Before she joined Designation for the Zinc Cohort in 2017, Cindy Wang worked as a life sciences copywriter. Today, she’s a Design Researcher on Walgreens’ in-house team in Chicago.
Tell us briefly about your job today.
I’m a Design Researcher at Walgreens. I work on a team with six other design researchers, who are all incredibly smart and kind. I call them my “research moms” since they’re all ladies and they’re all fantastic mentors. We plan and execute research to inform various service and UX design initiatives. This involves recruiting participants, planning studies, conducting research, and sharing our findings.
What did you do professionally before you started at Designation?
I was a copywriter for a life sciences and healthcare advertising agency in Chicago. I enjoyed doing something that was both creative and technical, but I wanted to be able to express myself through more than just words. I also wanted to know whether or not the things I created resonated with the people I made them for. UX seemed like a really good fit.
How did you hear about Designation, and why did you decide to attend?
It was a mix of Google and conversations with super-friendly alumni. Everyone I spoke with said that Designation was incredibly challenging but rewarding. They talked about how much they learned, how much passion they developed, and how close they got to others in their cohort. It all sounded pretty magical, so I signed up.
Attending Designation is genuinely one of the best decisions I’ve made in my life.
Looking back at your Designation experience, how do you describe its impact, now that some time has passed?
Attending Designation is genuinely one of the best decisions I’ve made in my life. I expected the intensity of the UX curriculum, but I was really surprised by the focus on personal development. There was a lot of emphasis on establishing core values, collaborating with others, and fostering individual strengths. It was a very nurturing place. I learned a lot and I grew a lot.
What were your favorite parts of life at Designation? This can be anything—a specific memory, your cohort, a project, a workshop, the food, etc.
I loved my Immersion Phase project. My teammates were amazing and super-smart, and all the concepts from Design Essentials started to make sense in practice, not just in theory. Doug, the creative director, gave very helpful direction and solidified my understanding of the UX process. Everything just kind of fell into place, and it was a great way to start the in-person phases.
What’s the staff like at Designation?
Compassionate. They cared a lot about me. They wanted to share their perspective on design and helped me develop my own. I really appreciate the amount of effort they put into making sure each designer grows and reaches their potential.
What advice or recommendations do you have for people considering applying to Designation, or for those already in the program?
Designation isn’t like school. The staff usually won’t give you definitive answers or insist there’s a correct way to do things. I found the ambiguity frustrating at first—especially when an instructor would respond to my questions with “it depends” rather than a specific direction. Now that it’s over, I’m really glad I heard this phrase so many times. It pushed me to think critically, consider multiple possibilities, and develop my own process for problem-solving.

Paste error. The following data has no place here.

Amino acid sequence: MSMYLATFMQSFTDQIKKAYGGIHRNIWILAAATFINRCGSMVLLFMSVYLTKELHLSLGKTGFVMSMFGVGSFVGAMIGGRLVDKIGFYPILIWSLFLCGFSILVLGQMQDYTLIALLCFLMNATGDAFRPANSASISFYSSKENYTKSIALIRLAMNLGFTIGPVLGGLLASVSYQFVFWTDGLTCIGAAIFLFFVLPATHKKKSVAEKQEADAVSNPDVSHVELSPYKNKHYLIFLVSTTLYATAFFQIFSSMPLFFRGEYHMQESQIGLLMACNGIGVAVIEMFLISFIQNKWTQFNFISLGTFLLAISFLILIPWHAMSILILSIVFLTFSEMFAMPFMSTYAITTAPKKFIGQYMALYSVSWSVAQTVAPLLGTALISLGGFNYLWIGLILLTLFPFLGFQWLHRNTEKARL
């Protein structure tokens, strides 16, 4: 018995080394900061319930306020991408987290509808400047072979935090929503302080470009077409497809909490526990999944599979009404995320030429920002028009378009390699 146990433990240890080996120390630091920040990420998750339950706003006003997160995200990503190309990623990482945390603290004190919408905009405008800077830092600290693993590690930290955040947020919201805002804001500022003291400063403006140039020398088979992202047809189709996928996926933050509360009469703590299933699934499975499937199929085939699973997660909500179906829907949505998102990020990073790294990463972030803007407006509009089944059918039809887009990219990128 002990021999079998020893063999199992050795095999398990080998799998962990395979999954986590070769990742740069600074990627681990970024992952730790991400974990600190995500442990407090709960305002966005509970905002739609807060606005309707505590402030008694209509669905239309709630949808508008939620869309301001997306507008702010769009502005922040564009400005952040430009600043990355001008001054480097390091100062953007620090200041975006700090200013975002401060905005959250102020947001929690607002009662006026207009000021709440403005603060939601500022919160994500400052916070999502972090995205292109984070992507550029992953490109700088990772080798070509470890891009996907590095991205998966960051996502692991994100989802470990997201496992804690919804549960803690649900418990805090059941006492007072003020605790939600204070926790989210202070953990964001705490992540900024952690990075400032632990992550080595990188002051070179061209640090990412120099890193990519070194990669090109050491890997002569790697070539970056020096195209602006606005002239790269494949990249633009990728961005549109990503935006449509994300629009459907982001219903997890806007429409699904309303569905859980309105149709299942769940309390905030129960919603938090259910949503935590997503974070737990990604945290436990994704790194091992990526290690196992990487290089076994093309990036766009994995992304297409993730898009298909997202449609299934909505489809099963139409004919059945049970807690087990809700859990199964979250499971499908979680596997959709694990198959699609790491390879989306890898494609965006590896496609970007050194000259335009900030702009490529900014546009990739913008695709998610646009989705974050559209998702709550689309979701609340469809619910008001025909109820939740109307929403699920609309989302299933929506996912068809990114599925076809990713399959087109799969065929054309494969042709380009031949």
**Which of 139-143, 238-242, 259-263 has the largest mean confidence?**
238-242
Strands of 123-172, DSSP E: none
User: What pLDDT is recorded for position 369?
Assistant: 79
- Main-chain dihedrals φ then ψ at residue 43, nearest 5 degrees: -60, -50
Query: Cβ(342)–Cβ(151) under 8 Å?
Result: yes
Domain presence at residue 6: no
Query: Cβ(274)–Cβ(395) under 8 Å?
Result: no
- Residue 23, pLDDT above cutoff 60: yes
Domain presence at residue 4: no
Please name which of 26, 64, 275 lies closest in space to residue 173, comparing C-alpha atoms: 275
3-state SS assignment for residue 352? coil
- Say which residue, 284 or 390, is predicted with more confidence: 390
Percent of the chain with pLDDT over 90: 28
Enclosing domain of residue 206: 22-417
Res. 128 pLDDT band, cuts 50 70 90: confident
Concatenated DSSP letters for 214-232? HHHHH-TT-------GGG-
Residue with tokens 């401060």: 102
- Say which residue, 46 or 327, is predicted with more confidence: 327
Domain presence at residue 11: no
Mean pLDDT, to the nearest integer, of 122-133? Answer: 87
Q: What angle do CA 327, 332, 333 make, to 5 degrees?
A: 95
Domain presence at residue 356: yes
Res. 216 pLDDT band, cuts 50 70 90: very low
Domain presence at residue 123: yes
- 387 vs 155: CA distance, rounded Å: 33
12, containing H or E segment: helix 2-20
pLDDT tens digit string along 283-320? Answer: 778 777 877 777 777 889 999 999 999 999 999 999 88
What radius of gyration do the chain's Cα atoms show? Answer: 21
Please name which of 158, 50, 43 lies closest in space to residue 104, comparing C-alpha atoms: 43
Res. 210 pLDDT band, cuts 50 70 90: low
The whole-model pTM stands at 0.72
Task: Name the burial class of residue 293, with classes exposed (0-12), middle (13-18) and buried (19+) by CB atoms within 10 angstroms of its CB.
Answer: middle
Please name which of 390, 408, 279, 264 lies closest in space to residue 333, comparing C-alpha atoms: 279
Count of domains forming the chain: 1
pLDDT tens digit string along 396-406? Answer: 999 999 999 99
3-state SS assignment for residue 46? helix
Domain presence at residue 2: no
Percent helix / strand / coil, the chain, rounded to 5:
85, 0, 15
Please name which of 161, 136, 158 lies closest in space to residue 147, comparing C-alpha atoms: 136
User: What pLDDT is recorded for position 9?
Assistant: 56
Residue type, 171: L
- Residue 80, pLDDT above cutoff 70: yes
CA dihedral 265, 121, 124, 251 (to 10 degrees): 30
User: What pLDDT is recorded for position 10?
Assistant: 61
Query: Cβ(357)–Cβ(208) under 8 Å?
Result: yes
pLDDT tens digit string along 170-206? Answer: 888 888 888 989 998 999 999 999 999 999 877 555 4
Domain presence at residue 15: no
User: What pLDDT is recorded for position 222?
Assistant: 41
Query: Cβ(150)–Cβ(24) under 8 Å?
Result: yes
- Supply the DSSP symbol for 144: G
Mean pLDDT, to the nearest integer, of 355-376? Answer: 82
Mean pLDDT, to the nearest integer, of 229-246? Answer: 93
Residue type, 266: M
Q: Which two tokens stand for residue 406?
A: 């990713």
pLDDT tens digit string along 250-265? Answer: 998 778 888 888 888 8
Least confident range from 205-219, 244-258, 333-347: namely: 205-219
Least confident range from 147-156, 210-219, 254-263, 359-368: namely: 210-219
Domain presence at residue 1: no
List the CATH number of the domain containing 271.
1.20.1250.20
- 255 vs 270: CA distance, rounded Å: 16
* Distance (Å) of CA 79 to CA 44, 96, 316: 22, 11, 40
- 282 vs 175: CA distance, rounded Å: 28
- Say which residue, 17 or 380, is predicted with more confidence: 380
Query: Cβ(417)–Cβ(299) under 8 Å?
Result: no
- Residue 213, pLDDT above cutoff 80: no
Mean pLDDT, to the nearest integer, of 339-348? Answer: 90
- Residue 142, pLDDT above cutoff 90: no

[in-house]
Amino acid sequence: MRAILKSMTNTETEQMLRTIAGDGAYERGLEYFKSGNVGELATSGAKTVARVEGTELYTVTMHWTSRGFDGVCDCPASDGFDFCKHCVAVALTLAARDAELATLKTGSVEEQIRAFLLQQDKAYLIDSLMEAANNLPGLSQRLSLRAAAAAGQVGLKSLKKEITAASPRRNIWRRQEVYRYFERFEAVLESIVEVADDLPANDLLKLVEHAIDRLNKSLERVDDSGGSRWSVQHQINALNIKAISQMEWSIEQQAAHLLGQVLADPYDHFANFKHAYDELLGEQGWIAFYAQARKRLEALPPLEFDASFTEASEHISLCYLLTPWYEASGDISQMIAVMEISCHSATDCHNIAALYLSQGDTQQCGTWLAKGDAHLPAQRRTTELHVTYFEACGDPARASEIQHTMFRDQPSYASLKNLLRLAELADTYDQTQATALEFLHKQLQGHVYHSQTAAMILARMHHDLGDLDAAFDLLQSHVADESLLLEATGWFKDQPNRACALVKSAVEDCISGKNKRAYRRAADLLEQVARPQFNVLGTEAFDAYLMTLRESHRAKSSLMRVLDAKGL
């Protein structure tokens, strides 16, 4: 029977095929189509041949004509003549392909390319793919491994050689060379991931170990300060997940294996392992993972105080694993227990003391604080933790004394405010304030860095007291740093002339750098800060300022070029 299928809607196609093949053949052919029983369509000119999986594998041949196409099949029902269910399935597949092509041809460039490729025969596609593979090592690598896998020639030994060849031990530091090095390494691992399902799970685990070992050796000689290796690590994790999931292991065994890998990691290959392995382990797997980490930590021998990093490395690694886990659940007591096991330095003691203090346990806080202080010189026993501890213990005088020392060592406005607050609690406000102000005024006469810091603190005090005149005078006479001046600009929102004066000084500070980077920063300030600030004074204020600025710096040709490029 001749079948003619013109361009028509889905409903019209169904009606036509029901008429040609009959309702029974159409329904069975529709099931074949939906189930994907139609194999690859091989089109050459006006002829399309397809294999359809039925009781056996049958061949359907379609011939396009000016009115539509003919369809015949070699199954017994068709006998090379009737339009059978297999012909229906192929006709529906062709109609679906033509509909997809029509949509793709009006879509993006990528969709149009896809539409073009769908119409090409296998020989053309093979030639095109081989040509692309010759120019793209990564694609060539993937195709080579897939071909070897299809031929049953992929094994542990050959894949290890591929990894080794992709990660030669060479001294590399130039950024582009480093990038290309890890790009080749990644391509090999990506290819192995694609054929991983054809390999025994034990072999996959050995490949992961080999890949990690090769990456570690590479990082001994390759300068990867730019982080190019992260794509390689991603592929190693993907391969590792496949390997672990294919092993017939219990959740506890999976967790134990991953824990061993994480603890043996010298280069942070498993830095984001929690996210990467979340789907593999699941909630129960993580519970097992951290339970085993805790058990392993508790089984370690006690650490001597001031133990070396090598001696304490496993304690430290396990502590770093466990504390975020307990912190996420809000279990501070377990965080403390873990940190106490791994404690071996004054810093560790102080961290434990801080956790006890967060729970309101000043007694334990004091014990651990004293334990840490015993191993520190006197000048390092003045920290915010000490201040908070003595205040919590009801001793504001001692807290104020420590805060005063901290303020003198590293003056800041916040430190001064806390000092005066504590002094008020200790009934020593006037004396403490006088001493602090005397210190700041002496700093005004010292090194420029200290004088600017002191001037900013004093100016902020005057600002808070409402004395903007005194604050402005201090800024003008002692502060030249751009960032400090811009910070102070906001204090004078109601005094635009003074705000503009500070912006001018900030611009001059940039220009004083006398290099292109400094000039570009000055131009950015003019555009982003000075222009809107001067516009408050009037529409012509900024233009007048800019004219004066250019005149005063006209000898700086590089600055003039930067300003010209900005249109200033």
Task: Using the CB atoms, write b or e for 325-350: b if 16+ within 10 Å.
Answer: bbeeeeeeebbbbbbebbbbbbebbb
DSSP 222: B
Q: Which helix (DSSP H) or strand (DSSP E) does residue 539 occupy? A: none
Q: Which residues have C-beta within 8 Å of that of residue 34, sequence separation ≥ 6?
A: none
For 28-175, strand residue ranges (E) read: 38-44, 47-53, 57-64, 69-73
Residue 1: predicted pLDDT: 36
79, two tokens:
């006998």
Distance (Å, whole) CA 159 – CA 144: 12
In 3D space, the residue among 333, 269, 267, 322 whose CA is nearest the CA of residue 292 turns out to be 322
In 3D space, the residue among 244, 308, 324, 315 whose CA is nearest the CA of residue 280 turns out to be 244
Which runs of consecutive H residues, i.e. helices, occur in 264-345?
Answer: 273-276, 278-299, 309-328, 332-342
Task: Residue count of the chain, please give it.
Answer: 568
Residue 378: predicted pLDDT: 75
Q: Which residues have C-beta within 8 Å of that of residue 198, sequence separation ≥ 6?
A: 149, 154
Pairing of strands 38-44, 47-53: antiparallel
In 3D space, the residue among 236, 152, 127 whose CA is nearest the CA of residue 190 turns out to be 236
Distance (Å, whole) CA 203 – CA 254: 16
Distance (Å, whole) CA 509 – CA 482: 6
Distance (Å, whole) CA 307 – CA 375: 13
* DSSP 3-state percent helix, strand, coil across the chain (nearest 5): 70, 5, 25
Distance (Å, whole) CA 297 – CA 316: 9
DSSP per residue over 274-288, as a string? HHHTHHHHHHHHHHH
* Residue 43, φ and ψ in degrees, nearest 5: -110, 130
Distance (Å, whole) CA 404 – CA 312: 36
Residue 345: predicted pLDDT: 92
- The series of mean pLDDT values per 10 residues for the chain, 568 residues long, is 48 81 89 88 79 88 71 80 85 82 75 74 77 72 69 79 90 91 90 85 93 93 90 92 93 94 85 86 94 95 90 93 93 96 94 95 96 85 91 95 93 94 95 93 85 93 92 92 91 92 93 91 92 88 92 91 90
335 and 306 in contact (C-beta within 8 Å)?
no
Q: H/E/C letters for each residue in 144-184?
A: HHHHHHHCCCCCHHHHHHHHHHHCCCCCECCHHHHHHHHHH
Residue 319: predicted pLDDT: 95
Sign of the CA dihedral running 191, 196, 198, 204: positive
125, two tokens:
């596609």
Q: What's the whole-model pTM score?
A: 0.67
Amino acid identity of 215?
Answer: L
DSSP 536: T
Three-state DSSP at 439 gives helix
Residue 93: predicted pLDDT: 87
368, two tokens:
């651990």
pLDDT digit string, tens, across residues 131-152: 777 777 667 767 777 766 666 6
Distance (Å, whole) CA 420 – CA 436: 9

It pushed me to think critically, consider multiple possibilities, and develop my own process for problem-solving.
What were the most useful skills, tools, or experiences at Designation that have been the most useful for you in your job?
I’m glad I learned how to put together a solid presentation deck. I give a debrief to multiple stakeholders after every study and the techniques we practiced during client presentations have really come in handy. During Client Phase, I learned how to provide sufficient context, tell a good story, and make persuasive recommendations. I try to use these skills whenever I present my research findings.
What do you do in your current job that uses anything from your pre-design jobs?
As a design researcher, I draw upon my copywriting background a lot. Whether it’s developing instructions for a survey or putting together a report for stakeholders, I have to write with my audience in mind while conveying ideas as clearly and concisely as possible.
What are your favorite parts of being a professional design researcher today?
I’ve always liked to people-watch and now I get paid to do it. I love listening to customers and seeing them interact with products and services. It’s just really fascinating to see how people differ when it comes to everyday behaviors like shopping, picking up prescriptions, or going to the in-store clinic.
I’ve always liked to people-watch and now I get paid to do it.
What’s a piece of knowledge, skill, tool, or something cool you learned at work recently?
I just finished working on my first service design project and it was so much fun. I loved seeing how the digital and in-store touchpoints came together to form a customer’s experience with Walgreens. I’m glad I get the opportunity to understand these connections between people, processes, and products.
What advice do you have for people looking to get their start in the design field?
Ask for help. The design community is so giving, friendly, and approachable. Almost everyone I’ve reached out to has been willing to give career advice or feedback. All you have to do is ask!